My knee had been hurting all night, it hurt when I lay down, it hurt even more when I walked, I wondered if I would be able to cycle. The whole of my right side ached too, but my sinuses were clearing so it wasn‘t all bad. Strangely I felt perfectly ok when I was cycling, it is when I get off the bike that I have problems, but I would much rather it was that way around. I am sure in a couple of days all will be fine. I rode through back roads to Bay Minette, then rode through pine trees, the swamp has been left behind, at least for a while. It was a cold day, it never really warmed up, I didn’t remove any layers of clothing all day, even my gloves remained on the whole time. Whenever I stopped people said how cold it is for cycling, but like with my knee, it is much better when cycling rather than stopping. I tucked myself in for the night amongst some trees to try and stay a little warmer and reduced the condensation. The wind was picking up, still, it is January.

As I cycled through New Orleans I heard some manic shouting, for some reason I thought it was aimed at me, though I never heard my name. I looked around but couldn’t see who or where it was coming from, beside I knew nobody here and for a change wasn’t doing anything stupid. I have just had a mail from Justin, the cyclist I stayed with in Prescott, Arizona, it was him. What a shame I never got to speak to him, I love little coincidences like that.

With just over two months left on this trip I am beginning to think of home more and more, especially on the cold mornings when it is well below zero when I start cycling and my hands and feet become painfully cold, then I just wish I was home. On days like that I look at the map and New York seems such a long way off, odd that because when I looked at the same map when I was in San Francisco it seemed so close. I still remember the basics of the quote from the Alchemist though which was words to the effect of “the closer you get to fulfilling your dream, the harder it will become”. How true.

8 comments:

pedalpanam said...

Glad you are OK!
I love those coincidences as well, it is a small world...

aoiffe said...

You had an extraordinary escape,and it wasn't the idea of your bike going under the wheels of the truck that made my hair stand on end. I think you are being looked after.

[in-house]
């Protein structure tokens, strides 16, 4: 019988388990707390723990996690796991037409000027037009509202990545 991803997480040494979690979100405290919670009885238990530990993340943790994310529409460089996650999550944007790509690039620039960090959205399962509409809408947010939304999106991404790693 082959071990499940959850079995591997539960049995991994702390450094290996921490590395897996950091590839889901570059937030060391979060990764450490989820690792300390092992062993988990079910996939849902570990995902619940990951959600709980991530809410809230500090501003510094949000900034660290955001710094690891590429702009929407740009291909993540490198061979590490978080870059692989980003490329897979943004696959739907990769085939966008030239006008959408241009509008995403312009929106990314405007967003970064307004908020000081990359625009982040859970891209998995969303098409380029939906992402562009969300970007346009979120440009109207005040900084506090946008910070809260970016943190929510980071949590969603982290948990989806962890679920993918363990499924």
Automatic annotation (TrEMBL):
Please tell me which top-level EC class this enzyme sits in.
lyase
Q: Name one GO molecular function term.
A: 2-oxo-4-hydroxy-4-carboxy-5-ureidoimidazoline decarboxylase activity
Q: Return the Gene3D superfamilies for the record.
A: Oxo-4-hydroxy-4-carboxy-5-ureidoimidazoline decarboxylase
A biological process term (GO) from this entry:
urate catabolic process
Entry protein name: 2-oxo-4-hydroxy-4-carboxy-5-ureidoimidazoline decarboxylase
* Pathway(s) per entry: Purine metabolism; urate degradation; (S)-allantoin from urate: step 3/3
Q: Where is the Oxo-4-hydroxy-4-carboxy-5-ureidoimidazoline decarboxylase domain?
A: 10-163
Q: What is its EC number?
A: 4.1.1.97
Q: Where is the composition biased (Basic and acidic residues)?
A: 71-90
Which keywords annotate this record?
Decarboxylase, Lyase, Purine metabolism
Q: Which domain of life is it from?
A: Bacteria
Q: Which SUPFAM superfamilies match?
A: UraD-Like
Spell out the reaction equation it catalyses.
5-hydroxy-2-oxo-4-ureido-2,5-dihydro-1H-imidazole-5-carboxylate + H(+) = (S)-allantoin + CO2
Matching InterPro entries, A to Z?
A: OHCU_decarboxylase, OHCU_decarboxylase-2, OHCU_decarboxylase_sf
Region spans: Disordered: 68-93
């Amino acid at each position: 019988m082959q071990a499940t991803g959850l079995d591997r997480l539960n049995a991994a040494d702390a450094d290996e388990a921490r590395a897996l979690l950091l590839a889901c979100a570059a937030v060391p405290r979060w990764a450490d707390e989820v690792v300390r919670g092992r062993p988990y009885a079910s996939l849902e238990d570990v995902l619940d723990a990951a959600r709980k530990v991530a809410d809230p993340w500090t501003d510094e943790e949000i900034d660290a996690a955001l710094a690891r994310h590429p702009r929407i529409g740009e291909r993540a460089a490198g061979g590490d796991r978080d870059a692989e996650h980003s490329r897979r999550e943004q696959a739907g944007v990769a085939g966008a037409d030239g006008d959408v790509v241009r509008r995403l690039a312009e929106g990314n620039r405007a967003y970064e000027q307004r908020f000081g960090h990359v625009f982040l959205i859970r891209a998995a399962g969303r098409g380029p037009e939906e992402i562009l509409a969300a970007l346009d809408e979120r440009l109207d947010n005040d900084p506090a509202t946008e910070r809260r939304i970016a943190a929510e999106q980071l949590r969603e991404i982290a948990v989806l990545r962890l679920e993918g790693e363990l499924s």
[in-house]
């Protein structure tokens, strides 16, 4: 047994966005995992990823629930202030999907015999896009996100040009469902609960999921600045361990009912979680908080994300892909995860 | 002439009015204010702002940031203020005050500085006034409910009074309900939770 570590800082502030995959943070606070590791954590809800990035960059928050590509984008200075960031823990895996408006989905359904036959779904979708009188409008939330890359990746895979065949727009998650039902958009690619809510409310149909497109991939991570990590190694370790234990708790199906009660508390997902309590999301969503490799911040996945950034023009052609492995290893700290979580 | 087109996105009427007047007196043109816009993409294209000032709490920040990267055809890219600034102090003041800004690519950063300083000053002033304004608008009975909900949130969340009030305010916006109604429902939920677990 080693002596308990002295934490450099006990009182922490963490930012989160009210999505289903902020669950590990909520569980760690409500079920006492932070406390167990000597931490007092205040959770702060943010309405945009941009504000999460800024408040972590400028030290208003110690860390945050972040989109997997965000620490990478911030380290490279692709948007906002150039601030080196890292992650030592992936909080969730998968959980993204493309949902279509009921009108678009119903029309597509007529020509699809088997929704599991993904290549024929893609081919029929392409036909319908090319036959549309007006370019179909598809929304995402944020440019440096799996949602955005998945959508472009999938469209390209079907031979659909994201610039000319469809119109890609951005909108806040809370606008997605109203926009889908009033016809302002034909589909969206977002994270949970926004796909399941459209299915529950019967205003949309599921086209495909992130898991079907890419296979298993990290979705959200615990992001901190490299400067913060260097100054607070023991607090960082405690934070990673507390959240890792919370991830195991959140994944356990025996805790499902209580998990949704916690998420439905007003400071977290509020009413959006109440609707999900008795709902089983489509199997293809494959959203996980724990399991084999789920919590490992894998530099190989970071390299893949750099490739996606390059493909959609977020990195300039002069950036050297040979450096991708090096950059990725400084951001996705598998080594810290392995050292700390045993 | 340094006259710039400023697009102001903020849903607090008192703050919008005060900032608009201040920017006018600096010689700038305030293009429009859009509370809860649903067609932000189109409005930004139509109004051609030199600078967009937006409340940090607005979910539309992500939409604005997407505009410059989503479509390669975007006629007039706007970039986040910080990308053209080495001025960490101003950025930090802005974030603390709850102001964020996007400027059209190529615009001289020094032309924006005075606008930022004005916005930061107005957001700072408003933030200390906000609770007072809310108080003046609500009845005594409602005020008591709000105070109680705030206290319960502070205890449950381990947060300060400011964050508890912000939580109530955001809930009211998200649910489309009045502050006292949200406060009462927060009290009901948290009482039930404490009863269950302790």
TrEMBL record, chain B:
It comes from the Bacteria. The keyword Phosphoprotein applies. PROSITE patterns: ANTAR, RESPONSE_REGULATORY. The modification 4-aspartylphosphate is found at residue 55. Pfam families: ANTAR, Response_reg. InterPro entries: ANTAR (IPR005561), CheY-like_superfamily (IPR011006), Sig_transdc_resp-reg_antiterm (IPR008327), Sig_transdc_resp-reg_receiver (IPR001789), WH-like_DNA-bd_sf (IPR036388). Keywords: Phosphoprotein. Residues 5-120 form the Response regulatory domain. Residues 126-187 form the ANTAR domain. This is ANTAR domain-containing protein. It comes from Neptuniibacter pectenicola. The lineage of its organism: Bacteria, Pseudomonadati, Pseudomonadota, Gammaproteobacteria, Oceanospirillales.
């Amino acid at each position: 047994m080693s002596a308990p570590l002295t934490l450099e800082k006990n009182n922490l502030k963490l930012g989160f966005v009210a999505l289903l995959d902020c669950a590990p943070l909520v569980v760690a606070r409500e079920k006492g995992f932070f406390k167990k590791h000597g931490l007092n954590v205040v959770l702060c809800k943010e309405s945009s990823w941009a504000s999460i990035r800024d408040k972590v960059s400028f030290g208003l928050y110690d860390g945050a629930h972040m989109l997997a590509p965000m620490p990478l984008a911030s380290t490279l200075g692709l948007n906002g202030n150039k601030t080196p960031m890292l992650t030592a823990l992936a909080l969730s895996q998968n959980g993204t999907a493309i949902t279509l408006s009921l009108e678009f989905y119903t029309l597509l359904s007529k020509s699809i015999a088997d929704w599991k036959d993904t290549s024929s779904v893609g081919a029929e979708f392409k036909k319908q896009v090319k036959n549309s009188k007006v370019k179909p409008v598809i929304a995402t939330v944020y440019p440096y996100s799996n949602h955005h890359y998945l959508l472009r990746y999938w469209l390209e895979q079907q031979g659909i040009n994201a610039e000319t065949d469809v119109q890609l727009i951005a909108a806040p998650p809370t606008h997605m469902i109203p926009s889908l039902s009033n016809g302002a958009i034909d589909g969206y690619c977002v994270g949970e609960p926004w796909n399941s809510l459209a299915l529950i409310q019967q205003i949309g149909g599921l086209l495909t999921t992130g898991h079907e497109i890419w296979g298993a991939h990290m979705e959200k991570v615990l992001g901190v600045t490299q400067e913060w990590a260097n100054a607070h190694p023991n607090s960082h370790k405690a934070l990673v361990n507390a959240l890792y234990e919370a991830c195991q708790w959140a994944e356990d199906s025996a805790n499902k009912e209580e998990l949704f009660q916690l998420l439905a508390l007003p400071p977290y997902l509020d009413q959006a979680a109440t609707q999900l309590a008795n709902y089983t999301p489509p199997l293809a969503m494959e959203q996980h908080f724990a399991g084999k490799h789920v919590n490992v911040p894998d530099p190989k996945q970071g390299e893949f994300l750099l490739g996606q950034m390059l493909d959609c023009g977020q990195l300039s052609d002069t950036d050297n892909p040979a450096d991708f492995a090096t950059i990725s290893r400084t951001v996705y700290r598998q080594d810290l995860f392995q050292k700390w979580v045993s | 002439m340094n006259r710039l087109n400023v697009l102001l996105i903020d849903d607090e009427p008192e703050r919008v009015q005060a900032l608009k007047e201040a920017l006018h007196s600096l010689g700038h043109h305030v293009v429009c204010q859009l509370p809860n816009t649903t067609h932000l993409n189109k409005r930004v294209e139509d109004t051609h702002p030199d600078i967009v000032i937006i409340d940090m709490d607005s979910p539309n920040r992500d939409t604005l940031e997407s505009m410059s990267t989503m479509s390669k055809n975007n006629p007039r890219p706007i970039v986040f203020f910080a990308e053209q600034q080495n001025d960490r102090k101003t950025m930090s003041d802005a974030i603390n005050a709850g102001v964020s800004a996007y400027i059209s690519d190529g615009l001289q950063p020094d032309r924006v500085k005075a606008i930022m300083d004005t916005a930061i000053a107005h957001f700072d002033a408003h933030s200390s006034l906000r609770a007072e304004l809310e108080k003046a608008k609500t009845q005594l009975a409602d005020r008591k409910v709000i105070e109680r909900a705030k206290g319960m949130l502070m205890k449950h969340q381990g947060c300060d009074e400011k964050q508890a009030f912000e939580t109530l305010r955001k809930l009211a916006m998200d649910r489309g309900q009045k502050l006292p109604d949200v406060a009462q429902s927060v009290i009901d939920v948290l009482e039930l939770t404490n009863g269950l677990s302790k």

Home is just as cold, probably worse, I don't think cycling would be possible here at the moment, uless you can strap a bike to a snow board.Blighty is in a big freeze, and we are all so happy cos we can moan about the weather have 24hour news about the weather and special programmes on the BBC about the 'big freeze'.

Ms. Frances Morantes said...

Well John I guess we can call this incident a Near Miss.And yes He is Watching over you.The weather up ahead is not going to get any better so this might delay your ETA. I WILL BE PRAYING THAT YOU HAVE BETTER DAYS.We do have Hospital's here in America that will give you First Aid Care and will bill you later for there services.Take care and God be with you .Ms,Frances Morantes

caff said...

That was a scary read that time Kiddo but you managed to make me laugh when you said your right side is hurting but hey your sinuses are much better. Very glad and relieved you came to no harm.
Temperatures here make for pretty scary cycling - it fell to -17.7 in Benson last night and they seem to think tonight is going to be even colder!! Keep safe :-)

jac said...

Scary moment! It really brings home to me how safe it is to cycle where there are lots of other cyclists.
Take lots of care and watch out for those trucks!

caff said...

Since your visit to Austin and staying with the music family I'm frequently hearing music from Austin on the radio! :-)

tour.tk said...

Wow John: glad you scraped through the truck incident okay. Some drivers have strange ideas about road usage. But the good thing is you are alive.

Keep 'em up for the last legs. Thinking of you from a stinking hot Santiago de Chile.
Sonya x

cyclebum said...

John, you're a good blog writer. Much better than most. You're one tough, determined guy. Love blogs by Englishmen posting their impressions of American.

Linked to you thru a post on Crazyguy by 4 fellows who met you in CA.

I had a very similar close call with a big truck on a recent tour. Intersection, right turn, etc. No damage to me or bike. Could easily have ended like yours, or worse.